The police were talking to the woman who’d helped me. In the ambulance, an E.M.T began wiping dried blood off my face. I overheard the police say, “I’m arresting you for vagrancy.” I looked out the back of the ambulance and saw that my benefactor was being handcuffed.
When I was 12, my father, bless him, had said, “The men in white are feared. If you say something you’re not supposed to say, the men in white will come and take you away. You will never be heard from again. God knows what happens to you after they take you away.”
The guards believed he was either guilty of something very big, or mentally compromised in some way. They transferred John to the locked psychiatric facility at Highland Hospital and put two undercover men in his hospital room who posed as fellow psych patients in legal jeopardy.
A uniformed man behind thick glass projected impatience. I immediately spotted a number of disintegrator guns built into the walls. I then realized I stood atop a steel grating that would allow for easy, vacuum-powered disposal of my gaseous and liquid remains, should it go that way.
Dr. Baker asked, “Where did you learn this ability?” “There is a training complex on Mars,” I replied. The nurse and the psych tech chortled involuntarily. Dr. Baker glared and said, “Maybe a jolt of electroconvulsive would zap some of that smart-ass out of you.”
I surmised grimly that I was to be put into the Homeless Reservation. I had never heard of anyone leaving there, alive or dead. People disappeared, never to be heard from again. Politicians had arrived at what they believed to be a final solution to the “problem” of homeless people.
After the battle, Zane recovered in an Army hospital, but the guilt never left him. In his recurring dreams, a white-haired, bearded prophet denounces him: “That bullet had your name on it.” His life is changed forever and the image of his friend Xavier was always in his mind.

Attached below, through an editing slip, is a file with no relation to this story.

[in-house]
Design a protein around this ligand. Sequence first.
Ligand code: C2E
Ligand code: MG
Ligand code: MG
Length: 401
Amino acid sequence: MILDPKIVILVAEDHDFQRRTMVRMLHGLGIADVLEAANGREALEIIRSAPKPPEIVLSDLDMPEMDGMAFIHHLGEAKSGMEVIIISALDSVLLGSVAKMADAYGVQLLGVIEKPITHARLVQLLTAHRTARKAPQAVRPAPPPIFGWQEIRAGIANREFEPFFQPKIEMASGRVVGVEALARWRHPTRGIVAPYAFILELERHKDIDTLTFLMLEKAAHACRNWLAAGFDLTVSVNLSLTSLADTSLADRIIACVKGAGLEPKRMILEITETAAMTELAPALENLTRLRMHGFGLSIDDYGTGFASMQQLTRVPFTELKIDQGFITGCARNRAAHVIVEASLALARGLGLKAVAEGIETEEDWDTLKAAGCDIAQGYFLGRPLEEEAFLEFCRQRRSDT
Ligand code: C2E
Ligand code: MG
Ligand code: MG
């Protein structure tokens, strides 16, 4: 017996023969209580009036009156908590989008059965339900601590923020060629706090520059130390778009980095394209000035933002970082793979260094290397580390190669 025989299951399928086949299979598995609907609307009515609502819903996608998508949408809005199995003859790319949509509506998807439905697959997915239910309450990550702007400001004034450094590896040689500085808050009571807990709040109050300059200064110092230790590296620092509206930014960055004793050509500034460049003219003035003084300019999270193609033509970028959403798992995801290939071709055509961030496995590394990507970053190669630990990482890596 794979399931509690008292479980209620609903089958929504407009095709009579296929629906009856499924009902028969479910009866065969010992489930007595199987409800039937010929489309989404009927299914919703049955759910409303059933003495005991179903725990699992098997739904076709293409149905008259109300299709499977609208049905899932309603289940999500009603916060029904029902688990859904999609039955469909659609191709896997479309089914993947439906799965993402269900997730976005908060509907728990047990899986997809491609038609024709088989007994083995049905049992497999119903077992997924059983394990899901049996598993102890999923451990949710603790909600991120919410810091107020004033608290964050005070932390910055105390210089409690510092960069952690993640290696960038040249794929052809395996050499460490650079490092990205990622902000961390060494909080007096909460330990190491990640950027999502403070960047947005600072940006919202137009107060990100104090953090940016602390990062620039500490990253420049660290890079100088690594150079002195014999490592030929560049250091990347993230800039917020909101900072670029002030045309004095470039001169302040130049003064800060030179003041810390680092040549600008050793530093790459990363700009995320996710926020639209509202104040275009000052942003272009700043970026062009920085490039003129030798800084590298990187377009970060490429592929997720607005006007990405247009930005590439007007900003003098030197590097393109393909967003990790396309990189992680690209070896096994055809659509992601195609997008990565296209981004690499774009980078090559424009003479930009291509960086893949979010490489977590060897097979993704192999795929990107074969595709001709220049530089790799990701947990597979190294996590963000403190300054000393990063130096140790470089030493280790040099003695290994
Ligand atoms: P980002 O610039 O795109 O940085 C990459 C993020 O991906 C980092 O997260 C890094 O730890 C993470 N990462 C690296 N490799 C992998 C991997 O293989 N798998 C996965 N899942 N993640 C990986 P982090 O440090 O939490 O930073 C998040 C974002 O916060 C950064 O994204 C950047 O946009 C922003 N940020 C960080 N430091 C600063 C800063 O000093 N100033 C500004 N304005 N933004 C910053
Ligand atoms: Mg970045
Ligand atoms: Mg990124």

The drug company knew about the undesirable side-effects but believed psychiatrists would prescribe the drug anyway, at least to those psychiatric clients who regularly made trouble. Enter Jonathan Baxter, who had gone off his medications several times and had been written up in his medical records as being uncooperative and argumentative.
When I die, or after I die, I want to look back at my life and see that I ate that cookie, I drank that vodka, I made love to that woman. I did not shy away from living because of the petty fear that death might come sooner.
The psychoanalyst had an agenda. Jonathan had been found to be too intelligent. Janice Williams, the therapist, had been told to use an intelligence reducing unit during the session. Janice’s commander, who went by a number and not a name — Alpha Centauri aliens didn’t use names — had ordered John’s intelligence reduced.
Stefa had told him that people were meant to sleep indoors and urged him to find a way to get off the street. She was so right. He had been on the street too long. He needed to talk to her and all he could do was curse at the wind.
He needed to put his affairs in order before disappearing. Earth was on the verge of being uninhabitable, and there would soon be an enormous die-off of most living creatures.. The underground country was a secret, and those destined to relocate there had to sneak out for fear of tipping off the masses.